In late February nearly 100 members of the Gilt engineering team gathered at our New York City office for our 2014 Architecture Summit—a full day of keynotes, micro-presentations, deep-dive breakout sessions, delicious food, and “real talk.” One of the highlights of the year for the Gilt tech team, the Summit gives our engineers an opportunity to discuss what we’re working on and why, trade ideas on how we build software (and how to build better), and make key decisions about how to drive the tech organization forward. An annual tradition since 2012, this year’s summit was our largest to date!
As noted by Gilt Co-Founder/CTO Michael Bryzek and CIO Steve Jacobs during the morning’s opening talks, in 2013 our company was cash-flow positive for the first time in its history. Growth is good! But with growth comes new challenges and complexity—which made this year’s summit the perfect time to reiterate the importance of simplicity. As Gilt VP Architecture Eric Bowman noted in his “State of the Architecture” keynote, simplicity becomes even more critical the larger your organization becomes. How can Gilt continue to keep our operations streamlined and efficient? Eric offered a strategy to address this concern, focusing on these key points:
Partitioning, decoupling, maintaining isolation between unrelated services, automating our testing environment, and continuing onward with our LOSA (“Lots of Small Apps”) approach to development are all essential in keeping our development process as friction-free as possible while keeping complexity under control. All of these also contribute to a culture of autonomy and decentralization, which leaves teams free to deliver high-quality software quickly to production without much process or management overhead—and helps teams to focus on the specific problem at hand.
With a development environment that holds decentralization as one of its most prized attributes, it can be hard to get a precise and accurate view of how fast we are moving. Traditional agile metrics like “velocity” require a more centralized approach than Gilt practices. One way to get a feel for whether the introduction of continuous delivery at Gilt has worked is to look at how quickly we are adding new features. A very rough metric for this: how often our systems release major and minor releases—compared to bugfix releases—based on the version number. (At Gilt we tend to use semver, which gives a rough indication of whether we are adding features or just fixing bugs.) By analyzing the rate of releases based on version, we observed that every month we are making roughly two more feature releases than during the month before. The graph below illustrates this:
In fact, we know we’re releasing more features than this, because semver adoption on the front-end is much less strict than semver adoption of shared components!
Micro-Services and LOSA
Gilt Principal Engineer Kevin Scaldeferri offered his own “state of” address, focusing on the current status of our micro-services architecture. Our shift from a monolithic Ruby app to a system of hundreds of small services (more than 300 as of February 2014) has enabled our engineering team to achieve much faster release cycles than ever before—decreasing from days to minutes—as well as write less complex code and preserve our culture of team independence. At the same time, though, there are challenges in managing such a large number of services. Kevin displayed a number of graphs and statistics designed to measure the size and complexity of each of our services, the nature of the dependencies between services, and the development and deployment patterns which have arisen. Our goal is to use these data points to better understand the current state of the system, and keep it evolving in a manageable and scalable way.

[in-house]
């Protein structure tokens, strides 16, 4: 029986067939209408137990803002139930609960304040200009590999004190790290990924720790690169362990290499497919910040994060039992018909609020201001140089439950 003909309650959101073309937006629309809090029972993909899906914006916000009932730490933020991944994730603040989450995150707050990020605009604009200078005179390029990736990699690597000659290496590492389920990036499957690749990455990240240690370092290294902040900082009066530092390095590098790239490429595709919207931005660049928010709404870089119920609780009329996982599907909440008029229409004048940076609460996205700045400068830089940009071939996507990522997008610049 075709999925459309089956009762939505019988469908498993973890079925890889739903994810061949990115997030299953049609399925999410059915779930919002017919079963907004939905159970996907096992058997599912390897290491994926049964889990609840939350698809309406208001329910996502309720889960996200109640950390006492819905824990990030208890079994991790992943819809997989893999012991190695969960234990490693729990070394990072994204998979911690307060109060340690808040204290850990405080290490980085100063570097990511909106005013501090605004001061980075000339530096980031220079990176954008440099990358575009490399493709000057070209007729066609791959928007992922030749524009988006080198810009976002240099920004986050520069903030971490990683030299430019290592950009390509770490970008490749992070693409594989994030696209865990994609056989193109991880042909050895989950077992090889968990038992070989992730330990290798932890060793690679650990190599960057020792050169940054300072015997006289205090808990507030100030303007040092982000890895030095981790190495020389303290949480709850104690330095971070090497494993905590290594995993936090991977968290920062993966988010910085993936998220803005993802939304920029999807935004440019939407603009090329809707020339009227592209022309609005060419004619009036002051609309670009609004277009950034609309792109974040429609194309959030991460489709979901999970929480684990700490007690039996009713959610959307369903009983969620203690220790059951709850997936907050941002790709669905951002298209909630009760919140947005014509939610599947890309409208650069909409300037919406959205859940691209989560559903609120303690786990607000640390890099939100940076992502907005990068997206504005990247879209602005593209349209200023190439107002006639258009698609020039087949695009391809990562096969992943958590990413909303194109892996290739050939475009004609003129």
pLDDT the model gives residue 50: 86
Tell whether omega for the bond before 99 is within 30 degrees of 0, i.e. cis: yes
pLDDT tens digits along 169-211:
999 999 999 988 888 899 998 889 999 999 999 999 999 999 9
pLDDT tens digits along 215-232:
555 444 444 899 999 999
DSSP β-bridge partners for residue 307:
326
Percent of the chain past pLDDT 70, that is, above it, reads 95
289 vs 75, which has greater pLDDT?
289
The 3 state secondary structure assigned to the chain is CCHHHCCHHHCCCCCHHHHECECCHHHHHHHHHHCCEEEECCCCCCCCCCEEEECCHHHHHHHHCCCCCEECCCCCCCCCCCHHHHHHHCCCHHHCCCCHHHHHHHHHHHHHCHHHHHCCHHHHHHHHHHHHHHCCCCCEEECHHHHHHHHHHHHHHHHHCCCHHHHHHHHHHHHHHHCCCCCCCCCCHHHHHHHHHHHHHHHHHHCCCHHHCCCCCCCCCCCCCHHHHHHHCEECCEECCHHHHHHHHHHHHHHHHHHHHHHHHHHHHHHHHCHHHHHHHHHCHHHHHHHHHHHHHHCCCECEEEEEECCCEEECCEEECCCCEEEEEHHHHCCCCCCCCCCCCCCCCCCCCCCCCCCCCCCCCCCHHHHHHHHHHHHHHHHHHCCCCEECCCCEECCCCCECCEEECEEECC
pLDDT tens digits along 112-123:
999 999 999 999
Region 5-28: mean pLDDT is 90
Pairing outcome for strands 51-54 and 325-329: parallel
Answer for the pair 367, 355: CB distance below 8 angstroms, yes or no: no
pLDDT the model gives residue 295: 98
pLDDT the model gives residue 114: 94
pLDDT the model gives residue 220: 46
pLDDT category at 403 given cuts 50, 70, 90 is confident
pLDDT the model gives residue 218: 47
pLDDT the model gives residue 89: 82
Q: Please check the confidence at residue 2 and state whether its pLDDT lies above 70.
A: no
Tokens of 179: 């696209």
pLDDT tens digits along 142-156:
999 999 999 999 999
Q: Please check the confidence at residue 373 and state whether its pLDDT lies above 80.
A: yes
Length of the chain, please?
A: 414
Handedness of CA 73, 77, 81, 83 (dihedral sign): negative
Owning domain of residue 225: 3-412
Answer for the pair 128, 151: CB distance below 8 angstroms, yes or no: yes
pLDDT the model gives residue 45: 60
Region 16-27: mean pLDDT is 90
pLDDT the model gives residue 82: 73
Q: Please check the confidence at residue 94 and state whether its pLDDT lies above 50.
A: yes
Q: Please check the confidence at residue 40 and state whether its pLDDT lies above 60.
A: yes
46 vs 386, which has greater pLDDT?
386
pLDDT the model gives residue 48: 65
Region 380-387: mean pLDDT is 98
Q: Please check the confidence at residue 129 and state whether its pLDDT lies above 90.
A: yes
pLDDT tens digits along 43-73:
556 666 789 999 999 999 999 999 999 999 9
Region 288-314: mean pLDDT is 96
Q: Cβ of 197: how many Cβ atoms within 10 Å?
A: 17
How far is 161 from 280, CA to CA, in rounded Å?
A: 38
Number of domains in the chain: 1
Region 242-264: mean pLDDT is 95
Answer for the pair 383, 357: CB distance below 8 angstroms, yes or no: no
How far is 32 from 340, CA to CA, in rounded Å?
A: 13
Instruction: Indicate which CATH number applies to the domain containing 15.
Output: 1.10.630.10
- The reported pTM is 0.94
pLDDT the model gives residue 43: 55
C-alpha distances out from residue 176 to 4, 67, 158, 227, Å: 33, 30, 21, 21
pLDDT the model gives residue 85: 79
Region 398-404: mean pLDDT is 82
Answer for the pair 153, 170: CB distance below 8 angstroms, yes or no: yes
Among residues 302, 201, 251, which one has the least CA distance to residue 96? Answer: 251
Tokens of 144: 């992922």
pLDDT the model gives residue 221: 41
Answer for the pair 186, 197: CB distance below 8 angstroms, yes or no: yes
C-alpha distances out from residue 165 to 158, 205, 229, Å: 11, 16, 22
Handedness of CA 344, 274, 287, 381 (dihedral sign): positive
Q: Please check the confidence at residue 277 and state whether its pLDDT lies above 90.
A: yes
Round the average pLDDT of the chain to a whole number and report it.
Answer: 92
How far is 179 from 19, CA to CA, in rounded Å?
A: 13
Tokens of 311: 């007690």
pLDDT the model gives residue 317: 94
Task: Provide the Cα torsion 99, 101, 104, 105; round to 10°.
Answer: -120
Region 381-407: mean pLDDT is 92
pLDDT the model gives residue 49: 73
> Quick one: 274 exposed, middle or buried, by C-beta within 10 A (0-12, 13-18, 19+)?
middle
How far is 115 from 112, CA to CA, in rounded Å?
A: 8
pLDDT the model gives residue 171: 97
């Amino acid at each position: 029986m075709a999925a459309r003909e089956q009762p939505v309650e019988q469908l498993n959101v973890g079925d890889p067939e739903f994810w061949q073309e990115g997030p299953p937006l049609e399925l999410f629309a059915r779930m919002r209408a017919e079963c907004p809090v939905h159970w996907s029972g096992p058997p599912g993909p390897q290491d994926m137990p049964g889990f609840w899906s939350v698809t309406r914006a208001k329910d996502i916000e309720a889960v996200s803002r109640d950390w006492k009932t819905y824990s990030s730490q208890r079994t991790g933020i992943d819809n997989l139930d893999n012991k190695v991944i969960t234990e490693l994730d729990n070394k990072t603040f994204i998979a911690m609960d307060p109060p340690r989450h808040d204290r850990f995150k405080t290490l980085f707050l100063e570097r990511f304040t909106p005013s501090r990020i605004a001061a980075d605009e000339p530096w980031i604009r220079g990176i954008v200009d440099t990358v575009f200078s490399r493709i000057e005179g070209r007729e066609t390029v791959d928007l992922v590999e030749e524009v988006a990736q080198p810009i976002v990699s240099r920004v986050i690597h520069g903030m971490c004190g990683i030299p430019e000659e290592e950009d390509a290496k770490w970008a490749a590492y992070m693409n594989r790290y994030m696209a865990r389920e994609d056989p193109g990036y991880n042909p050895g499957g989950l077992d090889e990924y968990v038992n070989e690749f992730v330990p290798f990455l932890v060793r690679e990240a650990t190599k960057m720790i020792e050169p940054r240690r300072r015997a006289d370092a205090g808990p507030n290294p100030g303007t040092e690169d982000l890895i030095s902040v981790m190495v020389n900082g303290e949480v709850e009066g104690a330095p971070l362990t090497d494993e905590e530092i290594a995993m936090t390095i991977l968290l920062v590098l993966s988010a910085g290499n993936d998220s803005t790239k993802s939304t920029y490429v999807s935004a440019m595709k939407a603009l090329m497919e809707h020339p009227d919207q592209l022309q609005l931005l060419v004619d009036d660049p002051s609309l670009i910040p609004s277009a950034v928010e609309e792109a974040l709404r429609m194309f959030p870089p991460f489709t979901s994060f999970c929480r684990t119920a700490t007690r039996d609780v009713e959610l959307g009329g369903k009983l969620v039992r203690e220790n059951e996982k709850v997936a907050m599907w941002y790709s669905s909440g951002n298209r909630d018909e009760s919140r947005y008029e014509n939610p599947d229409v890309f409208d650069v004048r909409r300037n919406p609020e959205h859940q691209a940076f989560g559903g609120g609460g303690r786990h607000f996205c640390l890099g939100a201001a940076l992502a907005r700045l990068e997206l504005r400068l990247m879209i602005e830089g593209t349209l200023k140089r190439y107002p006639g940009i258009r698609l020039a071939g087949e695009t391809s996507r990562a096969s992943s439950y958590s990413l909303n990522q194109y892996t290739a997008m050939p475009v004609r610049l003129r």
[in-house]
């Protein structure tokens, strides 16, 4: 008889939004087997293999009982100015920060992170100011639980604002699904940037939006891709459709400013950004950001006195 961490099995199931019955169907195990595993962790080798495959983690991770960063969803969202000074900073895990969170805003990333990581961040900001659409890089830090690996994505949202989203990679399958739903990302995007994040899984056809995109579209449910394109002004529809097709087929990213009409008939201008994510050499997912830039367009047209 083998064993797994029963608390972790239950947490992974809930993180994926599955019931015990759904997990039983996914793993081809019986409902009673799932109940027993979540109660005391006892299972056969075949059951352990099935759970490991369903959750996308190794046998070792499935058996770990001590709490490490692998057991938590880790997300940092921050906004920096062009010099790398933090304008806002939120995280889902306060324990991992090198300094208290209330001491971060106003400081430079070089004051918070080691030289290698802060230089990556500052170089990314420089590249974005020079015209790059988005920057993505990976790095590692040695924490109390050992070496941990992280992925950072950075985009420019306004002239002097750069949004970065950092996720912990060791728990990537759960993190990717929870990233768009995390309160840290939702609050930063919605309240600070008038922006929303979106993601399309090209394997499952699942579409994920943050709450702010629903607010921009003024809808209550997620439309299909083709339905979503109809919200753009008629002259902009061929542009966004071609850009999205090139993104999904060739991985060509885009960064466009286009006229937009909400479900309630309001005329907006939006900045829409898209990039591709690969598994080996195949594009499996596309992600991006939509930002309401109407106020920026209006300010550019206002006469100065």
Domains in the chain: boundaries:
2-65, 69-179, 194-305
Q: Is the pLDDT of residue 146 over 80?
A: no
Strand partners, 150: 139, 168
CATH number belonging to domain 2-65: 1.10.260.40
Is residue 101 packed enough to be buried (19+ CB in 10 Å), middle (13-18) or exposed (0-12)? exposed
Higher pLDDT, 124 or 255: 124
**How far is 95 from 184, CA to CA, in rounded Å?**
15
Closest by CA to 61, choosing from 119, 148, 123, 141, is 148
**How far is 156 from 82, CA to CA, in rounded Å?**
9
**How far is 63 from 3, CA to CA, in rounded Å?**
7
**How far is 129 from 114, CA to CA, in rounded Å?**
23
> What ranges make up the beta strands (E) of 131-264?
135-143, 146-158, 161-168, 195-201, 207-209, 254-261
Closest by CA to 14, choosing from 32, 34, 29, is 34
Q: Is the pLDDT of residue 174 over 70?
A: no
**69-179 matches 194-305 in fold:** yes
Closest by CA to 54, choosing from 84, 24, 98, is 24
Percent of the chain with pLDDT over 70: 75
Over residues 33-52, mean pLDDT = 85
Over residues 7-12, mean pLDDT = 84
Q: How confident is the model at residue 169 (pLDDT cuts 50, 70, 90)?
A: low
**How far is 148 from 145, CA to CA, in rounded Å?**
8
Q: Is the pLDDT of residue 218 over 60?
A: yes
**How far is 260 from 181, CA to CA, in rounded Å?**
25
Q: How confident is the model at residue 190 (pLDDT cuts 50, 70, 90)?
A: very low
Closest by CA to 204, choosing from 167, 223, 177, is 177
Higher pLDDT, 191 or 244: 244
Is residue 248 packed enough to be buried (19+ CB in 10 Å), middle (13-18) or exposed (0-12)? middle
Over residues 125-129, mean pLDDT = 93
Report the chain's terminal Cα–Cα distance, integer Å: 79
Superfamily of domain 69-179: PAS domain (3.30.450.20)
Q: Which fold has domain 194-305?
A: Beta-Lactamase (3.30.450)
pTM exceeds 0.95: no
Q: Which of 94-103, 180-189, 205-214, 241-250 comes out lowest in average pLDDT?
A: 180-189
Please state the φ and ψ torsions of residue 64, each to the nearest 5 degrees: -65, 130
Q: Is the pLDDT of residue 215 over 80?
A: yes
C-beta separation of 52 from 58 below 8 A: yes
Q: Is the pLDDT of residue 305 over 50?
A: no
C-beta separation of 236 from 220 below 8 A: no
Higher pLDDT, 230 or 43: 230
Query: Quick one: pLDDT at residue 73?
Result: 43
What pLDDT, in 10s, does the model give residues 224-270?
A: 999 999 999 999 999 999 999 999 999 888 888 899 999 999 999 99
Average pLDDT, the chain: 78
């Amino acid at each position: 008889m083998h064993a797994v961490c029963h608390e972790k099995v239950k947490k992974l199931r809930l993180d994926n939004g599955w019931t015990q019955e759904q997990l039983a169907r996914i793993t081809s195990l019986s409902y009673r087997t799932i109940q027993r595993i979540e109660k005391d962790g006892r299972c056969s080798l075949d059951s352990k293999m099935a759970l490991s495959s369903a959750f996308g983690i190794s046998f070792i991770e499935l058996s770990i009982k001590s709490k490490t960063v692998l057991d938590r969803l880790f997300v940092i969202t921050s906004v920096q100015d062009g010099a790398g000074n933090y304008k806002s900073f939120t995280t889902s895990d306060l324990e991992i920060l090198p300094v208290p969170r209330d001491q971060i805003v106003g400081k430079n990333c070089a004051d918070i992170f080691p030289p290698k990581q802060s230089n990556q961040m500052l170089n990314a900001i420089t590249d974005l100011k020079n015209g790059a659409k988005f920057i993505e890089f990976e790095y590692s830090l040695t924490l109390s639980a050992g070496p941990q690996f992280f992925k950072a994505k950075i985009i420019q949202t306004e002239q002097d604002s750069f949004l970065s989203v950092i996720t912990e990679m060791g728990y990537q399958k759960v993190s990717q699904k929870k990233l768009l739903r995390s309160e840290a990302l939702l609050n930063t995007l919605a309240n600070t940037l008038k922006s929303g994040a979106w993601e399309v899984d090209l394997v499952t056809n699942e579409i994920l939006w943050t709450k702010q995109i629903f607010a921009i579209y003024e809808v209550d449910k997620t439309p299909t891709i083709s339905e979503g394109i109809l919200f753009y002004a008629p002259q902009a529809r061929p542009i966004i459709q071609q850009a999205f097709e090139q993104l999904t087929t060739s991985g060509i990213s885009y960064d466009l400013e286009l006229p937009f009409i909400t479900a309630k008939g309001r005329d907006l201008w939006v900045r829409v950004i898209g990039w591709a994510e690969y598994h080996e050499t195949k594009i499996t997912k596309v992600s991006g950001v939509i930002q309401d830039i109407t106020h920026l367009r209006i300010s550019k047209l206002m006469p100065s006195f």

From Micro-Services to Micro-Talks
One of the highlights of this year’s summit was the afternoon session, which featured 30 micro-talks delivered by members of the engineering team. Many of the talks reiterated the morning’s call for “keeping it simple”: from using Docker to create lightweight containers that are portable and self-sufficient, to learning SBT. Other talks emphasized aspects of our business—PayPal integration, email delivery, business rules, our responsive design approach—and how we’re improving them. Some of the team’s micro-talks are almost ready for public consumption: We hope to share the final results with you over the coming months.
After the day’s talks concluded, the team assembled in our 5th floor cafeteria to eat a delicious buffet (including many vegetarian options) and collect some new books from the annual Summit book giveaway. This year’s selection—Viktor Frankl’s Man’s Search for Meaning, Duke Behavioral Economics and Psychology Professor Dan Ariely’s volumes on human irrationality, Abundance: The Future Is Better Than You Think by Peter Diamandis and Steven Kotler, and about a dozen other titles—emphasized finding the meaning in everyday activities (including software development), remaining open-minded and mindful, and challenging commonly held assumptions.
The TL; DR version: We’ve come a long way since our founding days in terms of agility, release time for high-quality features, and team independence. We have uniform build automation, better uptime, continuous delivery, and a bigger team than ever to constantly develop, innovate and improve. Our significant business growth continues to anchor all of this innovation and creativity.
As the week came to a close, and our engineers from other offices left NYC for their homes around the world, we returned to our laptops full of energy and passion to continue to make Gilt both a great company and an amazing place to work!